Similar linkages are apparent in access to safe drinking water and gender equality. Women are the main collectors and users of water for household uses worldwide. The availability of clean water consequently reduces water collection burdens, in particular the care burden for mothers. The incidence of water-borne diseases is reduced. Commonly entitlement to water is linked to land, but land tenure laws and legal systems show major gender disparities in ownership and rights, distorting women’s access to environmental assets in many parts of the world. There is also an increased incidence of physical and sexual assault when women have to walk long distances to remote areas for water and sanitation, particularly in situations of conflict and war. Access to water and sanitation closer to home, would limit women’s vulnerability.
Global environmental change jeopardises environmentally based livelihood strategies. Climate change is predicted to accentuate the gaps between the world’s rich and poor, as people living in poverty are more vulnerable. The effects of climate change are very likely to effect poor people disproportionately and to be gender-differentiated. Perspectives, responses and impacts surrounding disaster events vary for men and women. They have different sets of responsibilities, vulnerabilities, unequal capabilities and opportunities for adjustment. Women and men experience environmental change differently. The effects of the tsunami of 26 December 2004 showed that clearly.
However, as in many other environmental and sustainable development negotiations and agreements, gender aspects are also still poorly represented in the climate change negotiations.
Women have organised themselves to protect the environment and promote environmental justice: in their communities, in national organisations, in international networks, working on issues such as biodiversity, land rights, access to water and sanitation, sustainable energy and climate change. All over the world they are major agents for environmental action, prompting others to work on the basis of the linkages of environmental sustainability, gender equality and poverty reduction.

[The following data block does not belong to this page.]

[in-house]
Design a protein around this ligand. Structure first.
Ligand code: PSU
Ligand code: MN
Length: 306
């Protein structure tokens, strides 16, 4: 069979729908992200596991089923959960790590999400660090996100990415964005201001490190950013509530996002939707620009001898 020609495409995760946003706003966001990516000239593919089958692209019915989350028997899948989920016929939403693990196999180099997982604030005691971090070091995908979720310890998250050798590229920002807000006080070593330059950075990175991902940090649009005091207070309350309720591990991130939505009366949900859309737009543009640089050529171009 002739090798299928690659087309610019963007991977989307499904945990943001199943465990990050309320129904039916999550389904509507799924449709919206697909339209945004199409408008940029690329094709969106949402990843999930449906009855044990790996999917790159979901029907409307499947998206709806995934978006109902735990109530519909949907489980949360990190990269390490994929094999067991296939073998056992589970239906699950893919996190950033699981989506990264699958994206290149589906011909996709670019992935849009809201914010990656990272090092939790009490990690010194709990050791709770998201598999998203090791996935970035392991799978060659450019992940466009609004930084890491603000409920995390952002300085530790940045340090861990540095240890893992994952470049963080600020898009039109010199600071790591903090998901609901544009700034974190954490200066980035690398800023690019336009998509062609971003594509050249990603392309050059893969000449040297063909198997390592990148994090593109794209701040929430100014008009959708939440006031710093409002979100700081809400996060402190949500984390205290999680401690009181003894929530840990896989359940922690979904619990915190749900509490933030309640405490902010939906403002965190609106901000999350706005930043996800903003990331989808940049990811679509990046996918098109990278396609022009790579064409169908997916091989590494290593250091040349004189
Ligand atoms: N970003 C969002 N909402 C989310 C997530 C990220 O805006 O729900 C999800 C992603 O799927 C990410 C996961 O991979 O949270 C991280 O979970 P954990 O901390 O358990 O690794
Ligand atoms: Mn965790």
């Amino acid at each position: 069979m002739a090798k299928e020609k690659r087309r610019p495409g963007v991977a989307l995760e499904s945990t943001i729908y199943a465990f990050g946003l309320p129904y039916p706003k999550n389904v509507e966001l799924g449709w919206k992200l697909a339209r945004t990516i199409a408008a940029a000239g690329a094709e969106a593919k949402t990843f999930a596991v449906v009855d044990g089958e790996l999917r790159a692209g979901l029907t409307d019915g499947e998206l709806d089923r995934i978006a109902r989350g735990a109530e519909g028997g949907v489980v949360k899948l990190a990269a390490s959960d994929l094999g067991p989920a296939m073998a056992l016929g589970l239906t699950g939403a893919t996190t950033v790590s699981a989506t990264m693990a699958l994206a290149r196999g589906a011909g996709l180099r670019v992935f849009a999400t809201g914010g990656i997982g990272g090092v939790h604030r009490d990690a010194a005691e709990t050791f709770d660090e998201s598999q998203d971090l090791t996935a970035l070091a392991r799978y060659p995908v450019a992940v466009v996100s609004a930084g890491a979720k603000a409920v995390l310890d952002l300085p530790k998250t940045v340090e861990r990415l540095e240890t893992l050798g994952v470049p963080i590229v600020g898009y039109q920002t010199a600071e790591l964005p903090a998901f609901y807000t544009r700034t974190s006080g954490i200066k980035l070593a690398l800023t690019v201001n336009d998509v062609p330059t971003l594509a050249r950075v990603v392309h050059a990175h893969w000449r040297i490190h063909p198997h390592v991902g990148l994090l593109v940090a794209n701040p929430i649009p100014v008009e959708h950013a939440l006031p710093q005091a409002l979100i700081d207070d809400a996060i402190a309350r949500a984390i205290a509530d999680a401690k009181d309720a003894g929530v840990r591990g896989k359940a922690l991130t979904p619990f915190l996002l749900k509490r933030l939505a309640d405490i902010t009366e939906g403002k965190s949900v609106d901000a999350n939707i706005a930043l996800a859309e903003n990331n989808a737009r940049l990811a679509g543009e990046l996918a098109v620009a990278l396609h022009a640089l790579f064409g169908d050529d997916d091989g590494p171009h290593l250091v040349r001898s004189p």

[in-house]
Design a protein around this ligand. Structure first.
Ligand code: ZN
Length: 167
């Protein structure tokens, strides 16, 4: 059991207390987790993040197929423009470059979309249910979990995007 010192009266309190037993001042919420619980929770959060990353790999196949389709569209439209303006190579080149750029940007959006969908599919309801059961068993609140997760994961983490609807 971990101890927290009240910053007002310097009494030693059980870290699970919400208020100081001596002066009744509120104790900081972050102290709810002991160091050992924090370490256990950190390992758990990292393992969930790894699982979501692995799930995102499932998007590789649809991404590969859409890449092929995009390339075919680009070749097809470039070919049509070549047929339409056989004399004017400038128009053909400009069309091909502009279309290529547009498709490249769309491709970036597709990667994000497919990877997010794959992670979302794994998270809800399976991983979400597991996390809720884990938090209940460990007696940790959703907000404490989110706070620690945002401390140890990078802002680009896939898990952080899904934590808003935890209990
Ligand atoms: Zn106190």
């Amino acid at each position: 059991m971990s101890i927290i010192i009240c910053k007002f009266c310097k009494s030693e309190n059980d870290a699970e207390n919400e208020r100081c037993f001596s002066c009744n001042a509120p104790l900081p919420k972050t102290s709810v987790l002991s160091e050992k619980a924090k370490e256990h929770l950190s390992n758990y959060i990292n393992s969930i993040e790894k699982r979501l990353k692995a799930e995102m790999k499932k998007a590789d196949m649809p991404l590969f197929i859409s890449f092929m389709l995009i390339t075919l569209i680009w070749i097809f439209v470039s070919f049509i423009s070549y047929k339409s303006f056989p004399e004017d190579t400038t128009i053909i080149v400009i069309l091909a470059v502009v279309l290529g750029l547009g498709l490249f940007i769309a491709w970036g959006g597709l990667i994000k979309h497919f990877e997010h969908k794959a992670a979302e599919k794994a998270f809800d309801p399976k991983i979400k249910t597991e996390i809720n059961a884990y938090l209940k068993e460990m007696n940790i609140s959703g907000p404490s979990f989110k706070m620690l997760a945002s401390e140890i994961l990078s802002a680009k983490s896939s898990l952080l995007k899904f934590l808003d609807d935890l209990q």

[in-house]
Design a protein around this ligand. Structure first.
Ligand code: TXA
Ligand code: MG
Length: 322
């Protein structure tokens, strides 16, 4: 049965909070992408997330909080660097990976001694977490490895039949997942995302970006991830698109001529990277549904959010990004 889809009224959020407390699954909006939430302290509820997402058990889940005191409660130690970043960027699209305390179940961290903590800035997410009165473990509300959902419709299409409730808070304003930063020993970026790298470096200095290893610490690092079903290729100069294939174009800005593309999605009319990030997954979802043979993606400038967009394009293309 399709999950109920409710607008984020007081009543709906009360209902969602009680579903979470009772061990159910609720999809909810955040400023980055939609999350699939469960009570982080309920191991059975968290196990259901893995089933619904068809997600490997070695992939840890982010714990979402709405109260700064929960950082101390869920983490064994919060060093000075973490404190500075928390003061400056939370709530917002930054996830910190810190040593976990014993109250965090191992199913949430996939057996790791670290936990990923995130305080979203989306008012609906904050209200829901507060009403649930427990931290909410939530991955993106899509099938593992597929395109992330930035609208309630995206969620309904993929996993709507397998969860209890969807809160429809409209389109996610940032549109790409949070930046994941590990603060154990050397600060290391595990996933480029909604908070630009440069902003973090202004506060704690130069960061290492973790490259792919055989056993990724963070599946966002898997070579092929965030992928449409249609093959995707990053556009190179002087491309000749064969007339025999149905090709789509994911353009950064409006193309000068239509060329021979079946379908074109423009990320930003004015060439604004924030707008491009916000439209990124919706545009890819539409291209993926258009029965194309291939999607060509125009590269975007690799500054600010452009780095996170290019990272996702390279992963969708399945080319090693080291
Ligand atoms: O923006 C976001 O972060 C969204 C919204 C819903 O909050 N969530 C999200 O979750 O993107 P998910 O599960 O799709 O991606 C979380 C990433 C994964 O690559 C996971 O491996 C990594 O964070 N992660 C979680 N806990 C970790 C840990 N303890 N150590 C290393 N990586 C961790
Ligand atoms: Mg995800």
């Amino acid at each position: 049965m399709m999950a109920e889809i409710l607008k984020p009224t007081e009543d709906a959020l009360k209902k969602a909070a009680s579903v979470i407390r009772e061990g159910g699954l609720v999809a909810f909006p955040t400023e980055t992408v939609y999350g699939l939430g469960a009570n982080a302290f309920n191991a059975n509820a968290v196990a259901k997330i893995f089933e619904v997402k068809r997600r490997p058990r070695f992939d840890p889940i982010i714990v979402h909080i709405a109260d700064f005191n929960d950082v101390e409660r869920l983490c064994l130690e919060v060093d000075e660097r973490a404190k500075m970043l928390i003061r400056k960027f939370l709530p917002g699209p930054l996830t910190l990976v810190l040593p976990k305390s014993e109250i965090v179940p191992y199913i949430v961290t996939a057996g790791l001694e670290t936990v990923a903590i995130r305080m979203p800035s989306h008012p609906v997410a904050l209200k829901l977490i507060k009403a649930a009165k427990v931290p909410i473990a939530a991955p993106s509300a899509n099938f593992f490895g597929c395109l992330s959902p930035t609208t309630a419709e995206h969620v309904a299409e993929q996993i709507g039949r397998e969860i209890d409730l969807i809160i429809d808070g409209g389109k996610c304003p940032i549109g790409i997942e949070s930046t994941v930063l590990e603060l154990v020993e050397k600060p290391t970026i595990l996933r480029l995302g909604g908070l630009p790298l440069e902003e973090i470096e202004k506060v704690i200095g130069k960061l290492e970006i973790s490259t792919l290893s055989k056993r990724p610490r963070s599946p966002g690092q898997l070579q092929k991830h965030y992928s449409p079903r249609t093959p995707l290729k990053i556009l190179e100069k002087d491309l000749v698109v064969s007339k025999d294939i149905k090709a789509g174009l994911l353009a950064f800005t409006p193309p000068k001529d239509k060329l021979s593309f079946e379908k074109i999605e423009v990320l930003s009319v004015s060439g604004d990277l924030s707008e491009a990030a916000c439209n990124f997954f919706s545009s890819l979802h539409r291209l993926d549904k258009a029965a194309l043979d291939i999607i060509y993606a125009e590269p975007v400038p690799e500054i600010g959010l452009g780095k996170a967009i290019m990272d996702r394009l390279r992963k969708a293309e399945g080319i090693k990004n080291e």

1. Seager, Joni and Betsy Hartmann, 2005. Mainstreaming Gender in Environmental Assessment and Early Warning. UNEP/ DEWA, Nairobi. 2. Turner, Nancy, 2003. Passing on the News: women’s work, traditional knowledge and plant resource management in Indigenous Societies of North-western North America. In: Patricia Howard (eds). Women and Plants. Zed Books, London. p.133-149. 3. UNEP/IT, 1999. Cultural and Spiritual Values of Biodiversity. A Complementary Contribution to the Global Biodiversity Assessment. Intermediate Technology Publications, London. 4. Johnson, Victoria, Joanna Hill and Edda Ivan-Smith, 1994. Listening to Smaller Voices: children in an environment of change. ActionAid, London.